HOUSTON - Target Hunger and Kroger are teaming up to address a hunger crisis: minority families in Northeast Houston who not only live in food deserts but have lost jobs this year and can't buy food.
A food desert is when there is no grocery store within a mile, usually in low-income neighborhoods. Residents often don't have cars, so they can only buy what they can carry or take on the bus. Families have to rely on fast food or convenience store food in their communities, which can lead to diabetes, obesity, and other health problems.
Target Hunger and Kroger grocery stores distributed food to 250 families in Northeast Houston Thursday at Sweet Home Missionary Baptist Church.
"You know what really breaks my heart and why I started doing this here? I saw an old lady in the store buying cat food. I made a comment I said, 'oh, you like cats? And she said I don't have any,' said Janet Williams, first in line for the food distribution. "You know she was buying it so she could eat."
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Car after car, 250 deep, filled with people, families, waiting in long lines, because hunger pains last longer.
"I've been laid off twice this year due to COVID. I work in construction, and if it wasn't for Target Hunger and United Way, I would not be able to feed my family," said Angela Russ, showing us her approval notice for unemployment benefits. "I applied for benefits twice as you can see I've applied for six weeks and I've received nothing."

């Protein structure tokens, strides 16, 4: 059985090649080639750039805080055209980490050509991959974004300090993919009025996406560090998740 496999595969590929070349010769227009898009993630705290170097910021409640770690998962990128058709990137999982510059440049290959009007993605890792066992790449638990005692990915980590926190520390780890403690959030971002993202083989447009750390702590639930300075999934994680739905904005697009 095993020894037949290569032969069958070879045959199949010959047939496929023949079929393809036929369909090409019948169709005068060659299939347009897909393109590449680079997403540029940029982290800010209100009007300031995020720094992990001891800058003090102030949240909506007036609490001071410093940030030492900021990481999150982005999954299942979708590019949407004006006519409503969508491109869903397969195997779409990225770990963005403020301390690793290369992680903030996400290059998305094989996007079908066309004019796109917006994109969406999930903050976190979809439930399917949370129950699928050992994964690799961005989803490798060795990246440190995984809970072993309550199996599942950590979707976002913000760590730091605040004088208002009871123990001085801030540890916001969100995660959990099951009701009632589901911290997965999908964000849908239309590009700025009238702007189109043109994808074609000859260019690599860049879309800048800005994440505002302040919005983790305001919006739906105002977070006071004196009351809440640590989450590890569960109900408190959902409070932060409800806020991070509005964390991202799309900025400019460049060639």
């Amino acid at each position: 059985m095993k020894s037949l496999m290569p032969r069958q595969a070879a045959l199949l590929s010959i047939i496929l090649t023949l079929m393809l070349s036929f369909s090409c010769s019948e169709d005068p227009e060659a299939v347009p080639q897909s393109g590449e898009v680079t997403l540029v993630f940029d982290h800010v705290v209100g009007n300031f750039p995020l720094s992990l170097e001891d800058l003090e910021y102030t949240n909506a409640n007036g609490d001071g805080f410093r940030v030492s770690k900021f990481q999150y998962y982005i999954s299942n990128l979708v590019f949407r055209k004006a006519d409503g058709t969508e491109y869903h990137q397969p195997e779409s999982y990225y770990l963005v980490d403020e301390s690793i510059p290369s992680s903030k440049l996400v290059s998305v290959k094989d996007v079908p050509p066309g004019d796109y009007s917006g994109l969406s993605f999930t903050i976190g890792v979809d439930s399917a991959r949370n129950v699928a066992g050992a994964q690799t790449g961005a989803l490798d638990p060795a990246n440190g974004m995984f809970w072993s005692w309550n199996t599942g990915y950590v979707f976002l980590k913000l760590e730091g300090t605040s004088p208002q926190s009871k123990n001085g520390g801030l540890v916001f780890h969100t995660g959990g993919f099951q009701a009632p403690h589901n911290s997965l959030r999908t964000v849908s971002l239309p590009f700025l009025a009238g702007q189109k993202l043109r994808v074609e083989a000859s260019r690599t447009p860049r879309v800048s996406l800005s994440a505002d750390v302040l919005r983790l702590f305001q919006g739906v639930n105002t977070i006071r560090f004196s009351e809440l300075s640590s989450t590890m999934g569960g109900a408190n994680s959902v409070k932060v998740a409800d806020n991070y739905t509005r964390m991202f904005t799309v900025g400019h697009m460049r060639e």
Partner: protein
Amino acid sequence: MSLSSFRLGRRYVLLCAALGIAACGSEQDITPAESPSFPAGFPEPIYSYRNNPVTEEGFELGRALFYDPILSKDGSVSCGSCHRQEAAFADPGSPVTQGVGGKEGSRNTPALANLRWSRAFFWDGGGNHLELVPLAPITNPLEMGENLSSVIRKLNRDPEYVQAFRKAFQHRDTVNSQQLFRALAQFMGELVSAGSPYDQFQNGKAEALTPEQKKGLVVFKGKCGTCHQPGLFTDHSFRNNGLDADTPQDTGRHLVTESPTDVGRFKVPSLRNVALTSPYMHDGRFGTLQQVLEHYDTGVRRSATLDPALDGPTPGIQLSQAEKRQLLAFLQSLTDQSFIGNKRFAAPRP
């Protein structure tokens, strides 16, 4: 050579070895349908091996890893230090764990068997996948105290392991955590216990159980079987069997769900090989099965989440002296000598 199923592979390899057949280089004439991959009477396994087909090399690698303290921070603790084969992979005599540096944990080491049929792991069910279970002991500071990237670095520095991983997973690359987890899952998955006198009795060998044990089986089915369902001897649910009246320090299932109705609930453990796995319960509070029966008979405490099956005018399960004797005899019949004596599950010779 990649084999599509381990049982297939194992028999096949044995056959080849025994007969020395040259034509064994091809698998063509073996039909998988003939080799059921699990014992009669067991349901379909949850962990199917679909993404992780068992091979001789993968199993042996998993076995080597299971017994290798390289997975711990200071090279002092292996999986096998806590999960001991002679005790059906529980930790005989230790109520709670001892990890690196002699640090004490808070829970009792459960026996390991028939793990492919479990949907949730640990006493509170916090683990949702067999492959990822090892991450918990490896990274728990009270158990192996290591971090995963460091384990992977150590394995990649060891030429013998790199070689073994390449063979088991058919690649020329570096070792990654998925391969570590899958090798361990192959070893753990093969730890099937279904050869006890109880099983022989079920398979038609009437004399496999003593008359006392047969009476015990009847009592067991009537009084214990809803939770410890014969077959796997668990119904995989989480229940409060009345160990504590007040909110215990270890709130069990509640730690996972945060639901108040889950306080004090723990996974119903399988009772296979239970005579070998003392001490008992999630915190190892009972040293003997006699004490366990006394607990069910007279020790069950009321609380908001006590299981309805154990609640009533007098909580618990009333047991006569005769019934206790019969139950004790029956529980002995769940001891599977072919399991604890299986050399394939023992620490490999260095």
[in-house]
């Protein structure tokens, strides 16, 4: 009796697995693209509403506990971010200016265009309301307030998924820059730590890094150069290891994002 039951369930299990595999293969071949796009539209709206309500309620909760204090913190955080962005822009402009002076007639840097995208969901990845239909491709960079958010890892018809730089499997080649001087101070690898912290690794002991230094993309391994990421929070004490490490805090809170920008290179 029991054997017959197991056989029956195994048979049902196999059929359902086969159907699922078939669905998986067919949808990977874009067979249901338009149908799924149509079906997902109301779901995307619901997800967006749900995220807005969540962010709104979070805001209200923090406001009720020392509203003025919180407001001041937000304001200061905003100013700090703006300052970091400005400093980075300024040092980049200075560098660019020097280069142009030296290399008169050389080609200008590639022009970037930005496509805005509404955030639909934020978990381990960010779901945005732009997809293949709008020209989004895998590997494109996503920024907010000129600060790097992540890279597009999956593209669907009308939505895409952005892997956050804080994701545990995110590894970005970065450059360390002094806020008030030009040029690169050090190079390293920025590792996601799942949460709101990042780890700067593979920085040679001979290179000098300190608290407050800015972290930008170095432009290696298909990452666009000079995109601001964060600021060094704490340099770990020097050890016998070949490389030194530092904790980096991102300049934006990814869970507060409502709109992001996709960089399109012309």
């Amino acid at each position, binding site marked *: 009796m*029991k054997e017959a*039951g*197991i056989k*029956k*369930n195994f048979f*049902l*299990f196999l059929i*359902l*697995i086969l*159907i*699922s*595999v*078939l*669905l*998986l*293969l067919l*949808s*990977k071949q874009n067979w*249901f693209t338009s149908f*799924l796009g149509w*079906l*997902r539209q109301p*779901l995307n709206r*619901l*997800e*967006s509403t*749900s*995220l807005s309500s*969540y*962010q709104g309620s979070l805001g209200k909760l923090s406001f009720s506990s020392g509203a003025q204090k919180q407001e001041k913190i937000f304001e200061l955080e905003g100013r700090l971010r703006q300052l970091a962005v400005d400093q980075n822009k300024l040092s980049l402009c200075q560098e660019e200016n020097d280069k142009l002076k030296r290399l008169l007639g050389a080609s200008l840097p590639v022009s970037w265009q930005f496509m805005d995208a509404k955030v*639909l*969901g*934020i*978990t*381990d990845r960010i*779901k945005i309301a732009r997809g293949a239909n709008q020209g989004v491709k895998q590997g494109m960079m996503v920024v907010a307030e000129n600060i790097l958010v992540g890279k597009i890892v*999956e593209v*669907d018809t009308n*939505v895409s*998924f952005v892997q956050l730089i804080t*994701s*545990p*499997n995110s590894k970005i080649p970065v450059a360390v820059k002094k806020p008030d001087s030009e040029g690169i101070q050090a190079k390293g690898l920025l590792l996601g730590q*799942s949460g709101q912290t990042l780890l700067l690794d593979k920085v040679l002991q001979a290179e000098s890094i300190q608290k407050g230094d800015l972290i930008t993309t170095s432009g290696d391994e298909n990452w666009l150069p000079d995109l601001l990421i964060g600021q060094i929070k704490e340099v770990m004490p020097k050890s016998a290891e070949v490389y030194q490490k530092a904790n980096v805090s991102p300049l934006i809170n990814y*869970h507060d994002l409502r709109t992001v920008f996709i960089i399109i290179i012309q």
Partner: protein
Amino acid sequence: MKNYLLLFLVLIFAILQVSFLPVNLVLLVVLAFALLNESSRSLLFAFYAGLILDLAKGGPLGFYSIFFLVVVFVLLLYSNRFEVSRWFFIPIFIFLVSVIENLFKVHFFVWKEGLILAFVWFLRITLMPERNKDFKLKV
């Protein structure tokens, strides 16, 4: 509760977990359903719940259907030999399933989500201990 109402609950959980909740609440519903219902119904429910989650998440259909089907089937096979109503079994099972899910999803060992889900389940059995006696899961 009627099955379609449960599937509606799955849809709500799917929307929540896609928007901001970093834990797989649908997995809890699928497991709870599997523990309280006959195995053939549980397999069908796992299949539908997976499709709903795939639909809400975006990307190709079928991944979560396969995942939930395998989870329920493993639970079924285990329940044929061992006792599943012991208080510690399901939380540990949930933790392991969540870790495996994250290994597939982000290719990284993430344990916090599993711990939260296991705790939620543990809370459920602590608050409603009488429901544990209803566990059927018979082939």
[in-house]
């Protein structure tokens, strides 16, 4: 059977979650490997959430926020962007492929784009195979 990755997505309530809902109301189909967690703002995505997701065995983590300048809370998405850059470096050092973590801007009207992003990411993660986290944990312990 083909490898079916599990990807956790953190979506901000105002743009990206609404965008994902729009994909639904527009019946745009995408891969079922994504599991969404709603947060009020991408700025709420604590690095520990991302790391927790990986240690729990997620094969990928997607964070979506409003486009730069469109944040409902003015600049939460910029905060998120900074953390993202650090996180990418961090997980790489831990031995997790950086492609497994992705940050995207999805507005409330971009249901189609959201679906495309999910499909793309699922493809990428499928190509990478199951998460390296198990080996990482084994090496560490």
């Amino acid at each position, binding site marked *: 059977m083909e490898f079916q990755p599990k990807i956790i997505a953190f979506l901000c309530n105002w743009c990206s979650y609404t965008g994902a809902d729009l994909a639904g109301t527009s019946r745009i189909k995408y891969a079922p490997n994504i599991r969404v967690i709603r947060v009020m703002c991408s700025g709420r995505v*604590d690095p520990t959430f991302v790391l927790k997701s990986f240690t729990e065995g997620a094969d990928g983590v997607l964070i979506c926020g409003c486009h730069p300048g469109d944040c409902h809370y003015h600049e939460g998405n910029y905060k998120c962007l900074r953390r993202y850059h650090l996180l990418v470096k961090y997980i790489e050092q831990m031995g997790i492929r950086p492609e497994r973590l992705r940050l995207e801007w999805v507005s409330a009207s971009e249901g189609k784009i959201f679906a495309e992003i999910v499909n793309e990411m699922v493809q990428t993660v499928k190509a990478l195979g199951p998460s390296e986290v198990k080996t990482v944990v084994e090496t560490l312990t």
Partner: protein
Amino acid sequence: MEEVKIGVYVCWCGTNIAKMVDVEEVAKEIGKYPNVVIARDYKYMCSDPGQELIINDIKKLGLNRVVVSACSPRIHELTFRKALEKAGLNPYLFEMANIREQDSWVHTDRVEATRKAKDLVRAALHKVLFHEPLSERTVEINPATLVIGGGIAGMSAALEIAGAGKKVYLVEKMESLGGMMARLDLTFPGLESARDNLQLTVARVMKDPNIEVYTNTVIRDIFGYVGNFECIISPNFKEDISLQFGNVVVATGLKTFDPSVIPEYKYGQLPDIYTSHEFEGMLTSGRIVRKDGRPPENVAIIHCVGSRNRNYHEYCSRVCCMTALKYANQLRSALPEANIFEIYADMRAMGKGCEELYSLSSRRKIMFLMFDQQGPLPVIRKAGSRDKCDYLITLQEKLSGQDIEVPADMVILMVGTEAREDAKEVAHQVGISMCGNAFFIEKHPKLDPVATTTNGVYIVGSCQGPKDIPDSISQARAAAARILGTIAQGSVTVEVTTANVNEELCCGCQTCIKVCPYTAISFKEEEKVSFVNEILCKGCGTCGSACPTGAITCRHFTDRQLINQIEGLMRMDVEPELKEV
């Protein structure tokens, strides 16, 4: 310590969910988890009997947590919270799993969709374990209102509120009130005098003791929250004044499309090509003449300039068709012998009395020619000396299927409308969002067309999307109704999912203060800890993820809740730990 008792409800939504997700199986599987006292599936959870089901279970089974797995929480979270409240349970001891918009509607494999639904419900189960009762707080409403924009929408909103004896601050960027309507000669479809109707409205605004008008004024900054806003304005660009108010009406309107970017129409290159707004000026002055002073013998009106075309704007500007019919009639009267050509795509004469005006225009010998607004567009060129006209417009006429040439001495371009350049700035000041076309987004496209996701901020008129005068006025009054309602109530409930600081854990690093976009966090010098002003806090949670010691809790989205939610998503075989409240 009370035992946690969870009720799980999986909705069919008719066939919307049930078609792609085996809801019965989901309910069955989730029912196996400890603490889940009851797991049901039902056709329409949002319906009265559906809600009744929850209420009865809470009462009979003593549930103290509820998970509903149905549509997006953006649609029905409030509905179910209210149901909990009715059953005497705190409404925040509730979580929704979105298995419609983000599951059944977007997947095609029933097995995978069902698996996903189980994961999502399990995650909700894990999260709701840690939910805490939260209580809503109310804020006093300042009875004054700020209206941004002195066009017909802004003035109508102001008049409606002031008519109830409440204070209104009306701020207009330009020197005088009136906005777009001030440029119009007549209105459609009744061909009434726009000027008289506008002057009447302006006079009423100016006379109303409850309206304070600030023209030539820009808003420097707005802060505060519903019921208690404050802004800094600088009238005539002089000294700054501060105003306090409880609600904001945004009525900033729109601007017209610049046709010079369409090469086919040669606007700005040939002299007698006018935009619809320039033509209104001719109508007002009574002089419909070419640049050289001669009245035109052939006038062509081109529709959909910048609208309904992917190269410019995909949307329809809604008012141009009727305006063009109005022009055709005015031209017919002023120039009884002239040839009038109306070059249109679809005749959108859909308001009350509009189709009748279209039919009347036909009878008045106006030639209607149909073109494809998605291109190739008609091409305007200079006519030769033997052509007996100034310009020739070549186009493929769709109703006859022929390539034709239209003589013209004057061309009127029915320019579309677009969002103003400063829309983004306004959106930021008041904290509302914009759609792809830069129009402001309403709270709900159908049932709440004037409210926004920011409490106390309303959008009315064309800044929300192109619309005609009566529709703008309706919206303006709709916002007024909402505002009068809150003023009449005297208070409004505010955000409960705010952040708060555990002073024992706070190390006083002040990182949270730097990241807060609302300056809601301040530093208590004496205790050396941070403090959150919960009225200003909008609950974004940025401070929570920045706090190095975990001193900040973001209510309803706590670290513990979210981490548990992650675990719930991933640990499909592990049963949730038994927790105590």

Some come not only to feed their own families but their family of neighbors.
"Everybody laid off or got hurt on the job or something. I try to help a lot of people in my neighborhood as well as get a few things that I need," said Joel Parker, waiting in line.
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Target Hunger serves primarily Black and brown communities in northeast Houston.
"This is what we're seeing, over and over, is that about 250 households on average show up for our distributions, and we have three and four a week," said Sandra Wicoff, CEO of Target Hunger.
Kroger grocery stores are working with Target Hunger to get to the root causes of food insecurity in these vulnerable communties.
"This year, they've give us over $40,000. That provides about 66,000 meals, and that translates to approximately 250 households having three meals a day for a month," said Wicoff.
As these families wait in line for food, wait for grocery stores to open in their neighborhoods, and wait for income so they can feed their families.
"It's been very, sorry, it's been unpredictable. You don't know what's going to happen from day to day," said Russ.
If you'd like to help, Kroger shoppers can round up their payment at checkout and donate the extra to Kroger's Zero Hunger, Zero Waste program.
Target Hunger also welcomes donates and volunteers.